What if DCO could emulate very convincingly the unstable VCO sound?

The basic concept is fairly simple:
Trigger the DCO using an analogue modeled simulation of VCO's cycle triggering circuitry. For example take Korg Legacy Collection MS-20 software synthesizer and throw away everything else except the algorithm which triggers the oscillator cycles. Now put this very same algorithm inside the chip/cpu which triggers the DCO cycles. What you should end up with is a stable DCO which still sounds like your unstable vintage VCO.

Here's hoping for that one of the big three synth manufacturers would release a new analogue synth with such oscillators... Not gonna happen :(

Technique test: Sylenth1 used as oscillators for a modular synth

A short while ago I tried out what it would sound like if I used LennarDigital Sylenth1 synth plugin as the oscillators for my Eurorack modular synthesizer. I've had this idea for quite some time already, but it was only recently when I actually tried it out. I send the unfiltered oscillator sound to various Eurorack format filters and triggered the envelopes using MIDI and then recorded the results back into my DAW. Here are the results:

Alternative content

The filters can be heard in the following order:
0:00 - 0:21 = A-124 (Wasp filter)
0:21 - 0:45 = SY02 (MS-20 filter)
0:45 - 1:12 = Boogie Filter in 24dB mode
1:12 - 1:42 = Boogie FIlter in 6dB mode
1:42 - 2:15 = A-106-6 in 4L mode (XPander Filter)
2:15 - 2:44 = A-103 (303 style filter)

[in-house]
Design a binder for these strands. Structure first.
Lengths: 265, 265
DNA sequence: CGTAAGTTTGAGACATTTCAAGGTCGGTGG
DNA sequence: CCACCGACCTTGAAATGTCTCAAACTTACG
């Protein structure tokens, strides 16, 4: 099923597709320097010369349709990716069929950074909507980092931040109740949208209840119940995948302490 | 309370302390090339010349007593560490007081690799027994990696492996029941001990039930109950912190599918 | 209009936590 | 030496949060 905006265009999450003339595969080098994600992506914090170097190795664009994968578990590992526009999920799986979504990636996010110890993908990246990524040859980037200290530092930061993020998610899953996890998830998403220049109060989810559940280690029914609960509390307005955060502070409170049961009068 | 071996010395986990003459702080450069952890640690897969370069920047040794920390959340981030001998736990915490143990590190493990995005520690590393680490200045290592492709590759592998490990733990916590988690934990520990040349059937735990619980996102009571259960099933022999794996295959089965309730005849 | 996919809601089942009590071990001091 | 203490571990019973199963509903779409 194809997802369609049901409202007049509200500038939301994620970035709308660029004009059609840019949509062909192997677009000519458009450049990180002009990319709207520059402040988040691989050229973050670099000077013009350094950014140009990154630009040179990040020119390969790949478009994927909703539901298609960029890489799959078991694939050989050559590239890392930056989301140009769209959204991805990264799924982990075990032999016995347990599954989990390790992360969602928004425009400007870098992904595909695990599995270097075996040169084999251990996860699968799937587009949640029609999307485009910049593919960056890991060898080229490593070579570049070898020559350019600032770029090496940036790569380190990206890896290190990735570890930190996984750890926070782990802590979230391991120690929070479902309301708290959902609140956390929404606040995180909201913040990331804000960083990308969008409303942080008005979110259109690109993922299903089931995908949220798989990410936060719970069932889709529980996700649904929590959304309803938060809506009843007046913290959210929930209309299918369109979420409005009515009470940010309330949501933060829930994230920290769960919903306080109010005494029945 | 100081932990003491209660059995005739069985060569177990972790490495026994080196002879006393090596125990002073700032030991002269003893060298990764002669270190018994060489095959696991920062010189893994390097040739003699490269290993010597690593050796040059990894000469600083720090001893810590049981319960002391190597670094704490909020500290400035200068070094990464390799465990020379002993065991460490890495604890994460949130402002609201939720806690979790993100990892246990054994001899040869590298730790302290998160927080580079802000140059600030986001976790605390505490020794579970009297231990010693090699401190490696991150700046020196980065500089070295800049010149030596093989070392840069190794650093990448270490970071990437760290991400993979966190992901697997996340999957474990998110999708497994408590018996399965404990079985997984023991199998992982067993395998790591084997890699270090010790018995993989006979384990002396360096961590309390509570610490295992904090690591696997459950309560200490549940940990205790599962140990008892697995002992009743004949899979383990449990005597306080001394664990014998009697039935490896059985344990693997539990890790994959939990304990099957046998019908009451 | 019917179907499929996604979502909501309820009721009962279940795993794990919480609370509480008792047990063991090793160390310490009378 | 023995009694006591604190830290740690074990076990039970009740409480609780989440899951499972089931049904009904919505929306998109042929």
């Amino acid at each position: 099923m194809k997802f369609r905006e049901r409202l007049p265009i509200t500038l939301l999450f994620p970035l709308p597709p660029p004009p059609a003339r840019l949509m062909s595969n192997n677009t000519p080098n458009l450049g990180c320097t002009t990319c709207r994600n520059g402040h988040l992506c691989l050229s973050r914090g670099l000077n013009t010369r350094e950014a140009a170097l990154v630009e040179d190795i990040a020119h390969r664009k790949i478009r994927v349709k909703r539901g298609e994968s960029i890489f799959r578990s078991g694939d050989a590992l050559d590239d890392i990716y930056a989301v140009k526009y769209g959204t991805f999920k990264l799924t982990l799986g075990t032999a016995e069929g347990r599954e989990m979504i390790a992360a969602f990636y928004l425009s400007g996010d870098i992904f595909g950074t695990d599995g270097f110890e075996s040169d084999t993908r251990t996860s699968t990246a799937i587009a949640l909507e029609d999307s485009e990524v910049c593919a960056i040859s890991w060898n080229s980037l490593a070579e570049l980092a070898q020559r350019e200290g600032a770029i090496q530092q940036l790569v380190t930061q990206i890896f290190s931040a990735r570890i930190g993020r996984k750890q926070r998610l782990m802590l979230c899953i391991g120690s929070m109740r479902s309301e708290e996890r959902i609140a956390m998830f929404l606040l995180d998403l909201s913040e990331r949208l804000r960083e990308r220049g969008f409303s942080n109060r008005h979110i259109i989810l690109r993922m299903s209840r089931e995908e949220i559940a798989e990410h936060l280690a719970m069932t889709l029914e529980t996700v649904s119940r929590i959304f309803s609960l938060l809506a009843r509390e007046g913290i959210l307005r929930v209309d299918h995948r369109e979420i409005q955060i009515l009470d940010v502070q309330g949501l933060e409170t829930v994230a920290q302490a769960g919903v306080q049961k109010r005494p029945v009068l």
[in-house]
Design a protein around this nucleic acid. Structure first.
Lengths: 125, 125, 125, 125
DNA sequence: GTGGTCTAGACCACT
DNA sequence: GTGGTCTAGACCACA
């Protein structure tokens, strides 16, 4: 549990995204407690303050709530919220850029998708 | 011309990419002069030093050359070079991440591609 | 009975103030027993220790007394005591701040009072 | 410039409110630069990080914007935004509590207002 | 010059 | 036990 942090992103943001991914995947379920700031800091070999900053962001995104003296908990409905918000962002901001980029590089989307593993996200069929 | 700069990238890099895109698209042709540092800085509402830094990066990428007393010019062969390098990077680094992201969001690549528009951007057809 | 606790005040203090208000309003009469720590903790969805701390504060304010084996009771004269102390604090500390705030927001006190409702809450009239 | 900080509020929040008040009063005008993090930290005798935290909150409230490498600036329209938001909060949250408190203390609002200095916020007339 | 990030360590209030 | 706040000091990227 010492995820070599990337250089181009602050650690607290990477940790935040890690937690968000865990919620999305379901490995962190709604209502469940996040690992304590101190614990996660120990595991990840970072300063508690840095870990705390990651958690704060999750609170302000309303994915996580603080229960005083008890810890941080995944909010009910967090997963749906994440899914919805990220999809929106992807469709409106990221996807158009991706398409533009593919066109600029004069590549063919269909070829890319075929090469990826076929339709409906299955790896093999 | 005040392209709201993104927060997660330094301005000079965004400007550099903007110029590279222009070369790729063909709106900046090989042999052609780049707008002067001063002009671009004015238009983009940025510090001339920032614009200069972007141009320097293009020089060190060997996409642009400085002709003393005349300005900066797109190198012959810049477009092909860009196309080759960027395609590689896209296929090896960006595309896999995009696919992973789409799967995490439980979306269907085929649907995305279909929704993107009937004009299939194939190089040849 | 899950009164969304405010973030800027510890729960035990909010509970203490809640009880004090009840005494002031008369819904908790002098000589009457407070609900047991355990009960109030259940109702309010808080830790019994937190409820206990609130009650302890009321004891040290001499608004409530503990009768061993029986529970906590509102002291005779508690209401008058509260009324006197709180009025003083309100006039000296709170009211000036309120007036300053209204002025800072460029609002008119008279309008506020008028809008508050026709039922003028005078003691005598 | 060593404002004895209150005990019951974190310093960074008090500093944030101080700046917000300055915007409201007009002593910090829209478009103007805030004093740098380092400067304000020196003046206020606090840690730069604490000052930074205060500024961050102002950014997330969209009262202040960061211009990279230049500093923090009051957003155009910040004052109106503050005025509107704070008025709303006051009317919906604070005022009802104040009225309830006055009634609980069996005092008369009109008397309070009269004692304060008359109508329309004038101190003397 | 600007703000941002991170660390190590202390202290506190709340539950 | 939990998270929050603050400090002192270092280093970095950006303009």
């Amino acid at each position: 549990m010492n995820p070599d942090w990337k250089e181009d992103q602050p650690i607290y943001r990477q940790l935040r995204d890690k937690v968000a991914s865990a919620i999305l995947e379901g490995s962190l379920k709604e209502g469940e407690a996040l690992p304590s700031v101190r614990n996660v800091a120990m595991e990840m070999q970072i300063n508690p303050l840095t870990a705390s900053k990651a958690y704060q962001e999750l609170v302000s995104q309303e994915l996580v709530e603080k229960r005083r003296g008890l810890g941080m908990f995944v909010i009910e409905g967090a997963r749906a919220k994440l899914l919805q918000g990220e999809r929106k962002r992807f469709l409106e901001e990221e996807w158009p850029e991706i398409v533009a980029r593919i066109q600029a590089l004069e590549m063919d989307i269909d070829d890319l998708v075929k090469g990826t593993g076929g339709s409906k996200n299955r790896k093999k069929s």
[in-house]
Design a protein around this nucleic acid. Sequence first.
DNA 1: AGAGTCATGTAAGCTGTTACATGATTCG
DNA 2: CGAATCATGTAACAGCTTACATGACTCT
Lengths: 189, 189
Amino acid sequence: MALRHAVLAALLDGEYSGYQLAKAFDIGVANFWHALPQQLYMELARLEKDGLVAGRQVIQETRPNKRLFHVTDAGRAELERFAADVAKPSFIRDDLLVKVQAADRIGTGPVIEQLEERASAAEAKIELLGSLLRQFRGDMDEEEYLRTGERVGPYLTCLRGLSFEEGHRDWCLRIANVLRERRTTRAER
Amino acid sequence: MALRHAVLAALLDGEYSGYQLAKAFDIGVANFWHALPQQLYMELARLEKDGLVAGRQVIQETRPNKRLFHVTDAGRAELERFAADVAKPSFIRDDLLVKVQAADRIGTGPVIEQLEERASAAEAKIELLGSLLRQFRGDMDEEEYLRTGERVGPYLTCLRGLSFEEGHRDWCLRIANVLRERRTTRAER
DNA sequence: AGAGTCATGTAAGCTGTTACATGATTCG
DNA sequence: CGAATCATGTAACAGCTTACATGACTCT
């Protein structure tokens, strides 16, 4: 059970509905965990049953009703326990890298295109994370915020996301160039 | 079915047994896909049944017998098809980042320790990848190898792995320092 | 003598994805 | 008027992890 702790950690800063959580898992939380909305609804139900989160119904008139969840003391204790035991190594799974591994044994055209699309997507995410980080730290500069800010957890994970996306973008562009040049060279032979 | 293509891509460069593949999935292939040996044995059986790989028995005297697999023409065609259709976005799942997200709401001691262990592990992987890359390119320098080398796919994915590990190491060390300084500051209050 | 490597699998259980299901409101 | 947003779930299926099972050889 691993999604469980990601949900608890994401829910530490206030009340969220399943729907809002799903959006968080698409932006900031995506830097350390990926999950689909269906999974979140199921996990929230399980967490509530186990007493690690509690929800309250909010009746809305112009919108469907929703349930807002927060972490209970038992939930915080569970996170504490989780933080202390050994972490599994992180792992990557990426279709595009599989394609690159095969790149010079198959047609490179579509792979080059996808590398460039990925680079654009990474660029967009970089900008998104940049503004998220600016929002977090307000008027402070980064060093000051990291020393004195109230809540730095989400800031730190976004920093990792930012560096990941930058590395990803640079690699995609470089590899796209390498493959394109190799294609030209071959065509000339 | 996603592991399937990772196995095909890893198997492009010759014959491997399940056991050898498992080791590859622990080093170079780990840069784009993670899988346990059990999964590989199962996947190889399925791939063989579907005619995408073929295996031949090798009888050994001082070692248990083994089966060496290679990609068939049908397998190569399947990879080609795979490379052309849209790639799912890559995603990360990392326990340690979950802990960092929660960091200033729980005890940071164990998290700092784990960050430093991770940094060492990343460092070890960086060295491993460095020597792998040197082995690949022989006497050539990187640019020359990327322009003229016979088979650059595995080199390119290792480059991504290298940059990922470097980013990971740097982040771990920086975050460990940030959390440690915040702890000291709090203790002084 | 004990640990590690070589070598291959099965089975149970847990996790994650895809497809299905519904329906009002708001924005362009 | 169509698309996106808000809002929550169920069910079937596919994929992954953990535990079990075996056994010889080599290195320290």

Note that I didn't try to aim for any cool sounds with this experiment, but tried to draw out the different characters of the filters. I also mixed the bass very loud so you'd hear their character and still hear the timing of the sounds (hence the drums in the background).

What's surprising is that there's still quite a lot of that digital preciseness in these sounds. This was mentioned by several people who heard the results of this test. Yes, the analogue filter gives a very different flavor to the sound, but there's still some of that liveliness missing from these examples. This probably means that a lot of the analogue character many people love comes from the unstable oscillators. This is actually quite logical when you think of it. The filter does just what it says on the lid: filters out different frequencies. Sure it also adds distortion etc. but it doesn't modify the harmonic content the same way as for example pulse width modulation or unstable oscillator cycle time does, which is the oscillators territory.

It would be interesting to try this experiment the other way around; analogue oscillators filtered using digital filters. How analogue/lively would the sound be then?

But anyway, it's an interesting technique and I might start using it in some of my tracks in the future.

One final thing:
Naturally this technique works with any software and hardware VA-synth/sampler/ROMpler/FM-synth/etc. you can lay your hands on. Just take your favorite sampler/FM-synth and use it as the "oscillator" for your modular synth.

The Quest for Dynamics: part 2

Let's think about the audible frequency range as two separate (and partly overlapping) ranges: high and low frequencies. Everything below 250Hz or so could be thrown into the "lower frequencies" category (no hard and fast rules here). Rest of them are higher frequencies for the purpose of this example. No "middle frequencies category" on my list here today.

Here's how the listener perceives these frequencies:
  1. Higher frequencies = loudness & presence
  2. Lower frequencies = power
If you feel that your track isn't kicking your chest, you need to concentrate on the dynamics of the lower frequencies. If you feel that your mix sounds stuffed with sounds and/or doesn't have depth to it, you need to concentrate on the higher frequencies. In this post I'm going to concentrate on the higher ones.

There is no substitute to keeping the frequency spectrum as clear as possible by designing the sounds in your song so that they don't overlap much in the first place. However, the mixes still tend to swallow certain instruments, like drums in this example. Let's hear the two example audio clips.